“Something else that helped us at the time was the growth of the Internet. There was lots of demand in the late 1990's for more bandwidth, more switch fabric devices and other components, all of which needed more memory on-chip to get to the required performance. That helped to increase the demand for embedded memory and for our products - 1998, 99, 2000 were very good years for us. We had good traction with PMC and with MMC Networks, now part of AMCC. These were our first two customers in the networking and communication space. The rest of the companies in that industry were impressed that PMC and MMC were doing business with us, which in turn allowed us to gain traction in the market.”

It was in this time frame that Artisan announced a new business model, one that offered 'free IP' to the industry. Kablanian says, “We never thought that the Artisan model was a big deal, although Artisan definitely took advantage of their IPO and a tremendous amount of cash. They thought they could eliminate the competition by providing free IP to users. In 1998, when they introduced that model, we were just introducing our first product, and we were actually growing our market while Artisan was giving things away. They had an established relationship with TSMC and other foundries, which made it somewhat difficult for us to convince our customers that we were offering quality. However, here we are today, still working successfully. I firmly believe that for any company that provides value with a differentiated product, you can succeed even if the competition is giving away product for free, or giving the perception that the product is free.”

“In early 1999, we received our first corporate funding - Round B raised close to $3.5 million. All of the companies involved wanted to collaborate with us on the technology side for both strategic and financial reasons. In late 1999, we received $10 million from Crosslink Capital. Mike Stark was on our board and was instrumental in attracting additional board members as we went through that very critical period. I'm very happy to say that they are all still on the board today. Six months later, we went public.”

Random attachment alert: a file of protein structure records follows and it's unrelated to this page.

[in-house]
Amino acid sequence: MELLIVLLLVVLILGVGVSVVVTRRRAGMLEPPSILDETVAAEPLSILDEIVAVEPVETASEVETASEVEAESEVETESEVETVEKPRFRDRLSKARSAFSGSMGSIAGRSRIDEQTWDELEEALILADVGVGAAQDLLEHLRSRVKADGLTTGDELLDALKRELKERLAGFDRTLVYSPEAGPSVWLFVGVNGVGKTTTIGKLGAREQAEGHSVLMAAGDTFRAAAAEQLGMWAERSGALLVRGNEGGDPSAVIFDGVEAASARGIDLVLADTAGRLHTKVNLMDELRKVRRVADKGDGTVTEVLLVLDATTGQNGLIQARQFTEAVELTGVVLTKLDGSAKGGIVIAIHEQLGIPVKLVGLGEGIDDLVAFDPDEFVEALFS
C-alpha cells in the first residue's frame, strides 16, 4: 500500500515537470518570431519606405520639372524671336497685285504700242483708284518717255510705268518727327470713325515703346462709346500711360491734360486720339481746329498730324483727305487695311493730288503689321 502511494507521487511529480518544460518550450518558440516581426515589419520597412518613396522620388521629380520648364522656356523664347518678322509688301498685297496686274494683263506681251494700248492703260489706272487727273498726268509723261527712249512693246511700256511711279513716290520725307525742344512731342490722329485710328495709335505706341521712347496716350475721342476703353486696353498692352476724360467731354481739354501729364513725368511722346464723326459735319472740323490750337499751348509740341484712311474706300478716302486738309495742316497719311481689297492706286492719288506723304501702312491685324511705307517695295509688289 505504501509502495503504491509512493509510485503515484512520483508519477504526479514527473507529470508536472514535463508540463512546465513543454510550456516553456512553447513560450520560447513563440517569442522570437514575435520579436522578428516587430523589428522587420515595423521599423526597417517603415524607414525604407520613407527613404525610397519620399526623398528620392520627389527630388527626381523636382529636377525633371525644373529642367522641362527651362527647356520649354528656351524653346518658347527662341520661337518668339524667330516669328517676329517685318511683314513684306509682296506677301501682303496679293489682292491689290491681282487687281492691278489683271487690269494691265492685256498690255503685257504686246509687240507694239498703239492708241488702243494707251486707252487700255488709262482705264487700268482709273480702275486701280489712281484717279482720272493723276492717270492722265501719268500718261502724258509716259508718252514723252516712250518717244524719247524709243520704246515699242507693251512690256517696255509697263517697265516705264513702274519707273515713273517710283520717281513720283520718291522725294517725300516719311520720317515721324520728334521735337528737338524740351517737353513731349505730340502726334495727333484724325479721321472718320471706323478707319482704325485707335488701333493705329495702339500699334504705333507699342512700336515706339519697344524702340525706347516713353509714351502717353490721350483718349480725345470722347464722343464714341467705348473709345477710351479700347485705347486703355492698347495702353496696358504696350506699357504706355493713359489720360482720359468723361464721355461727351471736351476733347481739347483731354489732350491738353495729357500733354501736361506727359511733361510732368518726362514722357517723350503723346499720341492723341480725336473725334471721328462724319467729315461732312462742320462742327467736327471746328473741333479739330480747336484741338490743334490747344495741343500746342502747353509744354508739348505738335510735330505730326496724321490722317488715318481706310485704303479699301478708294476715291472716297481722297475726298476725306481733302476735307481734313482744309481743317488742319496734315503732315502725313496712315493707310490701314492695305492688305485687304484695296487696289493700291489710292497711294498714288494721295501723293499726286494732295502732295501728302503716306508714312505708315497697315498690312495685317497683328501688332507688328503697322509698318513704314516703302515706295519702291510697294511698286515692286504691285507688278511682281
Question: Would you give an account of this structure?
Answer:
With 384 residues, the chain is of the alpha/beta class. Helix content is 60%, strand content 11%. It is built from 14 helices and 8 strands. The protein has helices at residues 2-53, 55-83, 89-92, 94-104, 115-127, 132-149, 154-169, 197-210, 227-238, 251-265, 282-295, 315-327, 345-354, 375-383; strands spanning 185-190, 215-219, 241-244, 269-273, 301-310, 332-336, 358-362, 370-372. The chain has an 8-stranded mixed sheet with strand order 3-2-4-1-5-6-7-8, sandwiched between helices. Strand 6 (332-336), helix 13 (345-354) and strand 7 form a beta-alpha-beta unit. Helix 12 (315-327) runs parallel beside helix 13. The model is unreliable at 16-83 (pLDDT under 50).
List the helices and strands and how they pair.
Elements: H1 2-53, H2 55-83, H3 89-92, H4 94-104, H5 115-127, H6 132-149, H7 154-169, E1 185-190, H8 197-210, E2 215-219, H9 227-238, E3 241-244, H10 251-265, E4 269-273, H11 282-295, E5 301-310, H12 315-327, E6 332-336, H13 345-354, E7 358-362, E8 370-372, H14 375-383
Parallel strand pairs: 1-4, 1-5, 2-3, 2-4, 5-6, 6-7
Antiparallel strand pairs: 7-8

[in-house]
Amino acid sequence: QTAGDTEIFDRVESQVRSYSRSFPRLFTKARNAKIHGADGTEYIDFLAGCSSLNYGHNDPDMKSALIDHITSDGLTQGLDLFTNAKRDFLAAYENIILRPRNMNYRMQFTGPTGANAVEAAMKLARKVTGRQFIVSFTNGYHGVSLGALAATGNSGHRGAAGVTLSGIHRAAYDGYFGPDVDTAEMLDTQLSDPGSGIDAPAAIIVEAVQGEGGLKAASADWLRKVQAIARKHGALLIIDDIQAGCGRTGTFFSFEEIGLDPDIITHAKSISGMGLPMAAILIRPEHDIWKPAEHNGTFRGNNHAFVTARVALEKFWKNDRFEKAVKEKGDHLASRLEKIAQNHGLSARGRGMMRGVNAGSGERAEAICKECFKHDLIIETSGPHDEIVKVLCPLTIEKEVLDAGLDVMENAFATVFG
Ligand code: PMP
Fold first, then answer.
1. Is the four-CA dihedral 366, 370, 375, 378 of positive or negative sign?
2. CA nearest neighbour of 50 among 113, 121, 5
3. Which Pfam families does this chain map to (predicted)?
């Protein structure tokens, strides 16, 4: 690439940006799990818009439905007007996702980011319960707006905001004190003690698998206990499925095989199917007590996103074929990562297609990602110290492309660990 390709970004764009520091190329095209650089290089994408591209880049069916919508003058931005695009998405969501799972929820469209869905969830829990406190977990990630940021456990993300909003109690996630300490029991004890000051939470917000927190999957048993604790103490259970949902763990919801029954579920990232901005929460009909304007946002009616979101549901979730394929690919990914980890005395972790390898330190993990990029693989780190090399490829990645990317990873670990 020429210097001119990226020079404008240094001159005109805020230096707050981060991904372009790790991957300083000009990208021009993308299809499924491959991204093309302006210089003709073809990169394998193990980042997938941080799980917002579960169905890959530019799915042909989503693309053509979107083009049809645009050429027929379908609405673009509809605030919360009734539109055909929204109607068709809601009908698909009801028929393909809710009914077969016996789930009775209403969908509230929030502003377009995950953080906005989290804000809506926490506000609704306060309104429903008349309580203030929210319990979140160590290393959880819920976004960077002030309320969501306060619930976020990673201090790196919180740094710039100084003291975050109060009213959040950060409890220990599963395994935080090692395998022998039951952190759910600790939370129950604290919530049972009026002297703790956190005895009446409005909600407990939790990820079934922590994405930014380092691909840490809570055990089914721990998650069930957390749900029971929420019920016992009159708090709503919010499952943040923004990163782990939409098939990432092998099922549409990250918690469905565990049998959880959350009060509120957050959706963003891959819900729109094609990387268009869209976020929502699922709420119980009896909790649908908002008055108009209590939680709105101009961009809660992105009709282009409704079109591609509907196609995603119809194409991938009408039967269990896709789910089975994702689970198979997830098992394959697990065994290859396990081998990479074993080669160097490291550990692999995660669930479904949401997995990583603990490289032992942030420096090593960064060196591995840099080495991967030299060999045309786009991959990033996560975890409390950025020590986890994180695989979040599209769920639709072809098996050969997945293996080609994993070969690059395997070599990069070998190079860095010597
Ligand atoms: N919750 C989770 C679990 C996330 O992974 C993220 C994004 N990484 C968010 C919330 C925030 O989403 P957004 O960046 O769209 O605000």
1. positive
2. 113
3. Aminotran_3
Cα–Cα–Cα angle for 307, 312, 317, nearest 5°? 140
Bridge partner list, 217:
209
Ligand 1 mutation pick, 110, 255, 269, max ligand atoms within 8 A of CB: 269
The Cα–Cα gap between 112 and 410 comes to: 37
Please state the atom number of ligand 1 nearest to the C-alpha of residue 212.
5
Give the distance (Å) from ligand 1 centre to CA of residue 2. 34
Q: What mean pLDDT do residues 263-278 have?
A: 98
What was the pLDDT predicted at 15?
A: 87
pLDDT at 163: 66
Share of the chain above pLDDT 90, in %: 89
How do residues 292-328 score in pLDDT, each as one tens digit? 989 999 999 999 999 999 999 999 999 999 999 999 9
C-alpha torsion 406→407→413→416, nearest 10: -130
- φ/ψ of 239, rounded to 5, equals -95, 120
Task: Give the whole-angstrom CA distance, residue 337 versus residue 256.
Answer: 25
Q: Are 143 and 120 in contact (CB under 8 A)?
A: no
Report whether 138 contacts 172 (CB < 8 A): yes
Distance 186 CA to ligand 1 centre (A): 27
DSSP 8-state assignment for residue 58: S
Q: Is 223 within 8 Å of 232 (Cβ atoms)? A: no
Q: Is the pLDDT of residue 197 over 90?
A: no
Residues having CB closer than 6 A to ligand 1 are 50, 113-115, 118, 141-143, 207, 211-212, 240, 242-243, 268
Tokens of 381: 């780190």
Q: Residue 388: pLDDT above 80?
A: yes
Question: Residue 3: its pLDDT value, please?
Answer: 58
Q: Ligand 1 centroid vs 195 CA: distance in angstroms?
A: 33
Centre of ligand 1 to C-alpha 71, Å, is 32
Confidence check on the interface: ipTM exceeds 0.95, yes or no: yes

“[It's important to note that] any company that has a large addressable market could go public then, or now, although the costs of course are different now. Publicly traded companies spend $3 million a year to remain public. If that's 15 percent of total revenues, the costs are not justified. You need to have scalable revenues because the auditing fees and the costs of director and officer insurance have really skyrocketed, [not to mention] the costs of being compliant with Sarbanes-Oxley. You have to hire external consultants to help you with that compliance, and more lawyers, and pay the higher charges of certifying the results. It all adds to the costs of running the company, plus the time management spends to make sure that things are in compliance. All of this takes away from time for pursuing additional revenues.”

“We went public in 2000 because we had real customers, real products, and we were making money, but we went public just after the burst of the Internet bubble. At the time, our investors told us that they were not pursuing 70 percent of their prospects, but that we shouldn't worry because we were definitely going public. After we went public in August 2000, we had parties in 5 different locations. By that time we had facilities in Fremont, California, in Bellevue, Washington, in New Jersey, in India on the outskirts of Delhi, and in Armenia. I visited each location over the course of the next year and celebrated with the local workforce and their families.”

“When we started the company in 1996, and were just a consulting shop, it was very difficult to recruit engineers in Silicon Valley. We had no funding, just an idea, and recognized that there was a big-time shortage of engineers. So we looked for talent from as far away as South Africa and India. We knew that for us to be successful in the long run, we had to plan for the long run. So even before we had funding, we were planning to diversify outside of Silicon Valley. Our universities here in the U.S. were not graduating a lot of technical people - which is a problem because you can't build a technical society without engineers and scientists. Now, today, we need to emphasize more science and engineering in the universities, although it's hard to motivate students [to pursue these disciplines] when, with the downturn, there are few jobs for engineers.”